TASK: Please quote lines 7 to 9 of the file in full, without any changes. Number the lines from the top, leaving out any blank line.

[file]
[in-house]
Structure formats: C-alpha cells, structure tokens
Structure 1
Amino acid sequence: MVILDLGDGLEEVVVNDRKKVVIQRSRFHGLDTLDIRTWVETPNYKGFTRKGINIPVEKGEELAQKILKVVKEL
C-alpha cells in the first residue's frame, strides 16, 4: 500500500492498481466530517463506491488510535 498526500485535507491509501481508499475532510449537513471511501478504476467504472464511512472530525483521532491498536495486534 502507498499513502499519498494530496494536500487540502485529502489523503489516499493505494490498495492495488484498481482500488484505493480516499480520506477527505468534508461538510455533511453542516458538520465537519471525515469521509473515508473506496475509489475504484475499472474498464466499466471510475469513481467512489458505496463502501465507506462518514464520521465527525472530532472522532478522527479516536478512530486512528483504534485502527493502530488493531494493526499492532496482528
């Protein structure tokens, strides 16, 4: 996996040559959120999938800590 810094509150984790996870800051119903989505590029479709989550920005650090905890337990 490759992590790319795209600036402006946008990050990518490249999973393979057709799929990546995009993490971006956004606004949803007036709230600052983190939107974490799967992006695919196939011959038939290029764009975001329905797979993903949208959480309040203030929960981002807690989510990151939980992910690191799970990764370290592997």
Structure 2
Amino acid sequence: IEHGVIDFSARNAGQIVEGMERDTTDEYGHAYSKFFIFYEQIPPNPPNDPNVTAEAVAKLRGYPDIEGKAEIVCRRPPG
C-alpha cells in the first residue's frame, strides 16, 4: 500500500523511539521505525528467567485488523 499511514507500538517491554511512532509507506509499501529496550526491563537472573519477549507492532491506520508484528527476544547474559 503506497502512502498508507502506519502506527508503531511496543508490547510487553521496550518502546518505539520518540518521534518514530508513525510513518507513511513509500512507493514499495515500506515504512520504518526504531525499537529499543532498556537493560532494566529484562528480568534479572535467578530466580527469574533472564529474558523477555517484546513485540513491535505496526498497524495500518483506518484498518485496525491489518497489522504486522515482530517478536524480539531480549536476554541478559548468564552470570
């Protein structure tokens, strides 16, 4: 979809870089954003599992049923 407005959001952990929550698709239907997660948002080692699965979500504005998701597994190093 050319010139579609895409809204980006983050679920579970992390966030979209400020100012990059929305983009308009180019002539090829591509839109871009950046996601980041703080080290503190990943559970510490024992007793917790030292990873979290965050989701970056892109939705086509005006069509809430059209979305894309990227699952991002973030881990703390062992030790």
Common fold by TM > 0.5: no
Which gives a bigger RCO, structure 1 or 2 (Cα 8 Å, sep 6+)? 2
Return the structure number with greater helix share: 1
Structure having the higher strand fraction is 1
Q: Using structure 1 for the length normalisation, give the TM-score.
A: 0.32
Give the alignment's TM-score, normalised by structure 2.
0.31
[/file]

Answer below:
Structure 2
Amino acid sequence: IEHGVIDFSARNAGQIVEGMERDTTDEYGHAYSKFFIFYEQIPPNPPNDPNVTAEAVAKLRGYPDIEGKAEIVCRRPPG
C-alpha cells in the first residue's frame, strides 16, 4: 500500500523511539521505525528467567485488523 499511514507500538517491554511512532509507506509499501529496550526491563537472573519477549507492532491506520508484528527476544547474559 503506497502512502498508507502506519502506527508503531511496543508490547510487553521496550518502546518505539520518540518521534518514530508513525510513518507513511513509500512507493514499495515500506515504512520504518526504531525499537529499543532498556537493560532494566529484562528480568534479572535467578530466580527469574533472564529474558523477555517484546513485540513491535505496526498497524495500518483506518484498518485496525491489518497489522504486522515482530517478536524480539531480549536476554541478559548468564552470570